Effective marketing, communication and promotion can play a major role in helping community sports clubs grow and prosper.
The good news is there are lots of ways to help you raise your profile.
It is always better to plan what you’re doing and maximise your time and resources rather than spread yourself too thinly and not have as much impact.
A good idea is for you and your volunteers to write a marketing plan that you can agree and follow together. It doesn’t need to be a difficult process or a huge document. In fact, it can be as detailed as you like but you should have some standard elements that will help you focus you energies.
Let’s start with your introduction. This is a general look at the current situation of your club and the issues or challenges that you want to address.
You could do a SWOT analysis and list your Strengths, Weaknesses, Opportunities and Threats. It could be useful as a brainstorming sessions with your volunteers or members.
Next up are the objectives. You will need to come up with some objectives that everyone can buy-in to and be confident to work towards. These should be realistic and timed and you should be able to measure if you’ve been successful. Is it to attract 10 new members by next year? Is it to raise £500 additional funding by April?
Objectives should be:
Who are you trying to reach?
You might need to communicate to different groups.
They might include:
- Club members and volunteers
- Parents and carers
- Representatives from the local authority or governing body
- Local schools
- Local businesses
- Other community organisations or partners
Think about which method of communication is best suited to reach each audience. For example, if you’re trying to get businesses to sponsor you then there could be forums or meetings that business leaders attend.
Accessible communication formats (also known as alternative formats) refer to the use of audio, braille, British sign language, large print and many other formats designed for people with disabilities or impairments.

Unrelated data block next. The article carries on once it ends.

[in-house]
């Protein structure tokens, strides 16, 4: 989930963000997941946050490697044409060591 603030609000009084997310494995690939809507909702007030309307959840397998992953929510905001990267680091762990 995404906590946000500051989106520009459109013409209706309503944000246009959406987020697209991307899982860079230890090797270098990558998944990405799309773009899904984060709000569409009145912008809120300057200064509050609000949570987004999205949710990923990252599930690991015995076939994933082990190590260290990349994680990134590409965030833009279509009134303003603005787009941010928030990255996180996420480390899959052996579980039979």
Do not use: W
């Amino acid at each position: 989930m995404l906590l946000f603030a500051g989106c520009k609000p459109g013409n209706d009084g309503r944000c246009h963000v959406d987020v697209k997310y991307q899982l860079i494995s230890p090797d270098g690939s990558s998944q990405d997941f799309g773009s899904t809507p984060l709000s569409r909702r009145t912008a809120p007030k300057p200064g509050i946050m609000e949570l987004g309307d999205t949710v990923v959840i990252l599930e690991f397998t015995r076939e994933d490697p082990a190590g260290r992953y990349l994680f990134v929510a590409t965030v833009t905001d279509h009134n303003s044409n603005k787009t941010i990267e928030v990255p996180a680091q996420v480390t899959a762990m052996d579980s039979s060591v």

It’s a good idea to involve disabled people from your audience in developing information in accessible formats. They will know their needs and could help you find the most effective ways of meeting them. You can also approach disability organisations for guidance. For more help on this and the use of images, please have a look at Disability Sport Wales guidance (alternative format guidance).
In very general terms, your strategy should be the general direction in which you are taking your club.
- Increase your members or players
- Ask for help and support from the community
- Promote a big event or a fixture (regardless of whether or not it costs anything to attend)
- Generate income from inside your club
- Raise funds for your club to help with a major project
- Gain sponsorship or commercial backing
You will need to set out specific actions including tasks allocated to individuals as well as budgets, if any. Always try and set a timescale for these so that work doesn’t slip.
Also think through how you will check that work is staying on track.
What worked well? And what didn’t? You will need to factor in how you evaluate your work and how you decide on your next steps.
If you’ve been trying to recruit members, for example, you can find out whether your methods are working by asking new faces how they heard about you.
Activity Alliance have developed a downloadable Inclusive Communications Guide to help sport providers like yourselves to reach a wider audience, including more disabled people.